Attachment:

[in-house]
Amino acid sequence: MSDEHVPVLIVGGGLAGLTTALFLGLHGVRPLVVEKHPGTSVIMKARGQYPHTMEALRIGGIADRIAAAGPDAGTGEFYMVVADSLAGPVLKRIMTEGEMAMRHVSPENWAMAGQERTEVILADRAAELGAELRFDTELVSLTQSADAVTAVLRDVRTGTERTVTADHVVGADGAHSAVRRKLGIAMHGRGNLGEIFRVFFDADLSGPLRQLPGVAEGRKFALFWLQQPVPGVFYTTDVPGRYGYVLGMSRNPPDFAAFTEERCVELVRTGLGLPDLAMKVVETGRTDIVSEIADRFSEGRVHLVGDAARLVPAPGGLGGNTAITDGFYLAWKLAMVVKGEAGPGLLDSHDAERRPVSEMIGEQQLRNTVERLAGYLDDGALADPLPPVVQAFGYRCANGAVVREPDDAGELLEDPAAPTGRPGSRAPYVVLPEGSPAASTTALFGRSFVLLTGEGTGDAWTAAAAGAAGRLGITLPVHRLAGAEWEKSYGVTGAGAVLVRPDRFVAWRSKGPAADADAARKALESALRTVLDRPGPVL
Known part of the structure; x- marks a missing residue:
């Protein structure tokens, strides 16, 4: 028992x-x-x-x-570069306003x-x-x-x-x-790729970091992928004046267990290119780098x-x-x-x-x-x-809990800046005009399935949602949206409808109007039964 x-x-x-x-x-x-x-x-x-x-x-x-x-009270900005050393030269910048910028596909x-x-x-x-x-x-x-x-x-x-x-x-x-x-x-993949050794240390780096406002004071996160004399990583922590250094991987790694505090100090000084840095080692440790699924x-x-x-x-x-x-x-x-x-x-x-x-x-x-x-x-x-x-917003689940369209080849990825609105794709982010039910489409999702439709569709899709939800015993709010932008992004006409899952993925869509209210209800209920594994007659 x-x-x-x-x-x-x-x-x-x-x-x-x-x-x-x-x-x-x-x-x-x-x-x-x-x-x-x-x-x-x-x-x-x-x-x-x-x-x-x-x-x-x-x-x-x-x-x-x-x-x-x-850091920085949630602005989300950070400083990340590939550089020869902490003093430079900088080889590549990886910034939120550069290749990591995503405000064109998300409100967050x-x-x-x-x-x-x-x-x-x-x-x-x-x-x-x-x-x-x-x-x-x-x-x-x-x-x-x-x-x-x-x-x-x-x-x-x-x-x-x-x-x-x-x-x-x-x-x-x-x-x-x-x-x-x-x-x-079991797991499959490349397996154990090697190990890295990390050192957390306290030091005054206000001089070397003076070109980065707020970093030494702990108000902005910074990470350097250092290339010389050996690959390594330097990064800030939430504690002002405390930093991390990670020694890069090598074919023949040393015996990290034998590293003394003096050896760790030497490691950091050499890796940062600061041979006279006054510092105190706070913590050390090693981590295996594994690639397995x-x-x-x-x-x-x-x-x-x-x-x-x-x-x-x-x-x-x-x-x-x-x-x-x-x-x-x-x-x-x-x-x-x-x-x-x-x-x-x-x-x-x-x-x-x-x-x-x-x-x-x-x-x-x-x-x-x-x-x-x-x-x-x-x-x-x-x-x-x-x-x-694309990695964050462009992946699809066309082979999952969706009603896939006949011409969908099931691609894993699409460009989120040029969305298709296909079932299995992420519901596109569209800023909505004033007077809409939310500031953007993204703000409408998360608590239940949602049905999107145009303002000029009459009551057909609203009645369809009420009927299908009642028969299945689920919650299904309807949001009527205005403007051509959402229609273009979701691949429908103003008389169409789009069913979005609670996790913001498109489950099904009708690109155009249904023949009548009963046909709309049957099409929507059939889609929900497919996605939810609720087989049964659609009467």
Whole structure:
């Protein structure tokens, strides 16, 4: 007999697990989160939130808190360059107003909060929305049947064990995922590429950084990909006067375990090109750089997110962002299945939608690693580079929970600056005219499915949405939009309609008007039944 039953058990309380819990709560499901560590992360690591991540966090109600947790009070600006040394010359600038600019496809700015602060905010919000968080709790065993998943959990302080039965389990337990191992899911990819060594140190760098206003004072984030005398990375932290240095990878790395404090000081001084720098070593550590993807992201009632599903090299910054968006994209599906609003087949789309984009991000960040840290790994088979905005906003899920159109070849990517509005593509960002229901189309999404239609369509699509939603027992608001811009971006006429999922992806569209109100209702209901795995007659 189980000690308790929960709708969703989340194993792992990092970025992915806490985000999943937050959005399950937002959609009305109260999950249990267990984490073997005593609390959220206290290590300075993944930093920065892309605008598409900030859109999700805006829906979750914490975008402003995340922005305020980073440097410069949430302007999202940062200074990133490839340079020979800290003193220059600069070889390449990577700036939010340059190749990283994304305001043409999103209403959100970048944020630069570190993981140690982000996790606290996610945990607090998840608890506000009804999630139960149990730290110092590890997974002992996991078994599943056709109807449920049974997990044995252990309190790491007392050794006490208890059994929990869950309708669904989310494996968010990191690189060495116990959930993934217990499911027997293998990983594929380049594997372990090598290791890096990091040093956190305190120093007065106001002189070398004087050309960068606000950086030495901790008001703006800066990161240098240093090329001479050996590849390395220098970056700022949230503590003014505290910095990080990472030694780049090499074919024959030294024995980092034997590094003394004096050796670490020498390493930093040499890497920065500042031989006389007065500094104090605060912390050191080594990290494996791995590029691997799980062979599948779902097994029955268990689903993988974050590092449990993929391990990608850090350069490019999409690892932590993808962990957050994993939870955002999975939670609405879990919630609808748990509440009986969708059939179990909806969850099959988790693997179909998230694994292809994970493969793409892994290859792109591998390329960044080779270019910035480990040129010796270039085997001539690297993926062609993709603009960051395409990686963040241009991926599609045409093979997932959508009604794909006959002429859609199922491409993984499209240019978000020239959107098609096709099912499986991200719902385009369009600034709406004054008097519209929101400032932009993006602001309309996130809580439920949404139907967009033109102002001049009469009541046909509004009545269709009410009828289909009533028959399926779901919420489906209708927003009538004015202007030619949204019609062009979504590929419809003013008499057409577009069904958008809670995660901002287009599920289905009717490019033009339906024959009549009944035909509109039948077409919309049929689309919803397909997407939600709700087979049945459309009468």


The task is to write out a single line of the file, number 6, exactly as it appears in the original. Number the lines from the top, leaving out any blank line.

């Protein structure tokens, strides 16, 4: 007999697990989160939130808190360059107003909060929305049947064990995922590429950084990909006067375990090109750089997110962002299945939608690693580079929970600056005219499915949405939009309609008007039944 039953058990309380819990709560499901560590992360690591991540966090109600947790009070600006040394010359600038600019496809700015602060905010919000968080709790065993998943959990302080039965389990337990191992899911990819060594140190760098206003004072984030005398990375932290240095990878790395404090000081001084720098070593550590993807992201009632599903090299910054968006994209599906609003087949789309984009991000960040840290790994088979905005906003899920159109070849990517509005593509960002229901189309999404239609369509699509939603027992608001811009971006006429999922992806569209109100209702209901795995007659 189980000690308790929960709708969703989340194993792992990092970025992915806490985000999943937050959005399950937002959609009305109260999950249990267990984490073997005593609390959220206290290590300075993944930093920065892309605008598409900030859109999700805006829906979750914490975008402003995340922005305020980073440097410069949430302007999202940062200074990133490839340079020979800290003193220059600069070889390449990577700036939010340059190749990283994304305001043409999103209403959100970048944020630069570190993981140690982000996790606290996610945990607090998840608890506000009804999630139960149990730290110092590890997974002992996991078994599943056709109807449920049974997990044995252990309190790491007392050794006490208890059994929990869950309708669904989310494996968010990191690189060495116990959930993934217990499911027997293998990983594929380049594997372990090598290791890096990091040093956190305190120093007065106001002189070398004087050309960068606000950086030495901790008001703006800066990161240098240093090329001479050996590849390395220098970056700022949230503590003014505290910095990080990472030694780049090499074919024959030294024995980092034997590094003394004096050796670490020498390493930093040499890497920065500042031989006389007065500094104090605060912390050191080594990290494996791995590029691997799980062979599948779902097994029955268990689903993988974050590092449990993929391990990608850090350069490019999409690892932590993808962990957050994993939870955002999975939670609405879990919630609808748990509440009986969708059939179990909806969850099959988790693997179909998230694994292809994970493969793409892994290859792109591998390329960044080779270019910035480990040129010796270039085997001539690297993926062609993709603009960051395409990686963040241009991926599609045409093979997932959508009604794909006959002429859609199922491409993984499209240019978000020239959107098609096709099912499986991200719902385009369009600034709406004054008097519209929101400032932009993006602001309309996130809580439920949404139907967009033109102002001049009469009541046909509004009545269709009410009828289909009533028959399926779901919420489906209708927003009538004015202007030619949204019609062009979504590929419809003013008499057409577009069904958008809670995660901002287009599920289905009717490019033009339906024959009549009944035909509109039948077409919309049929689309919803397909997407939600709700087979049945459309009468």